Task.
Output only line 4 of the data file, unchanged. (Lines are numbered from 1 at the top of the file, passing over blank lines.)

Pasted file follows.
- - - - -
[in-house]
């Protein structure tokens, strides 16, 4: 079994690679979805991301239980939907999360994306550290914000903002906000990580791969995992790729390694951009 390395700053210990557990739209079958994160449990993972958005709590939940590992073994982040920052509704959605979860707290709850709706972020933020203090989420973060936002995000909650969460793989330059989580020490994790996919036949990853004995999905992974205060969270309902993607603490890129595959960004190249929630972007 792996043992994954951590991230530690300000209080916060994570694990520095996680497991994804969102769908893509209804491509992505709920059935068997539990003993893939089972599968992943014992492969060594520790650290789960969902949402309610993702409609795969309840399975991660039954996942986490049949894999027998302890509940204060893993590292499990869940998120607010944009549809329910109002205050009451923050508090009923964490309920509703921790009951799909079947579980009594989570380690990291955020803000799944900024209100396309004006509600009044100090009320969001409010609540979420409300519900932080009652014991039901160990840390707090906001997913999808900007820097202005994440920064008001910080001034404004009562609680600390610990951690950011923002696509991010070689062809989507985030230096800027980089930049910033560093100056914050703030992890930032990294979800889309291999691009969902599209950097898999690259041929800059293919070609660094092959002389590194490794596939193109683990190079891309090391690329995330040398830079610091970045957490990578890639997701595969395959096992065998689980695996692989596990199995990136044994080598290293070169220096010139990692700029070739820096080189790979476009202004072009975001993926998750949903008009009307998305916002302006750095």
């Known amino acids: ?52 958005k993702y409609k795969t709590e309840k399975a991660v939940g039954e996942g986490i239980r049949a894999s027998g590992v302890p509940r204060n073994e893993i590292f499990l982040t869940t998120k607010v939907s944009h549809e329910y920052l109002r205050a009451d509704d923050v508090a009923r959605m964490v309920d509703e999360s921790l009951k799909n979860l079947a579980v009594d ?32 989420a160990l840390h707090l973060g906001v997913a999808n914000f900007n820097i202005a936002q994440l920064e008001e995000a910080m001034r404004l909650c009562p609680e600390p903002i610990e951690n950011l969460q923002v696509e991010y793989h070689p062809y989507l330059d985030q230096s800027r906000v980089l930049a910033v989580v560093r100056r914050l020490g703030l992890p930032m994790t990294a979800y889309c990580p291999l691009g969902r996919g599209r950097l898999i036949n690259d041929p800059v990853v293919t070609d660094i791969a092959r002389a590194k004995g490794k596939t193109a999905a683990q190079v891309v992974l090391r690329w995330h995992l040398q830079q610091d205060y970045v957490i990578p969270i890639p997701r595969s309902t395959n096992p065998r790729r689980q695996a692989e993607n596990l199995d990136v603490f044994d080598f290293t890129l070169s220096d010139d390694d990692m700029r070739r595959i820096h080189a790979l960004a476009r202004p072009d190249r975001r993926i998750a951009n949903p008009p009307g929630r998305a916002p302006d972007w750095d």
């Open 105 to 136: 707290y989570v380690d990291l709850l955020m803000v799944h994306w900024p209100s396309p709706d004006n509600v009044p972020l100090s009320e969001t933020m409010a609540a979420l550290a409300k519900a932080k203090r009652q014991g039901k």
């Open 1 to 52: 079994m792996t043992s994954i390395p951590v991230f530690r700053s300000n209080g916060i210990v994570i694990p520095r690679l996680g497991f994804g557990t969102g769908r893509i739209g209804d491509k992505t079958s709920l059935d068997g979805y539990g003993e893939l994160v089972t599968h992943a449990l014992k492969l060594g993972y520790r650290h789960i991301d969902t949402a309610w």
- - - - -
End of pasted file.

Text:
């Open 105 to 136: 707290y989570v380690d990291l709850l955020m803000v799944h994306w900024p209100s396309p709706d004006n509600v009044p972020l100090s009320e969001t933020m409010a609540a979420l550290a409300k519900a932080k203090r009652q014991g039901k």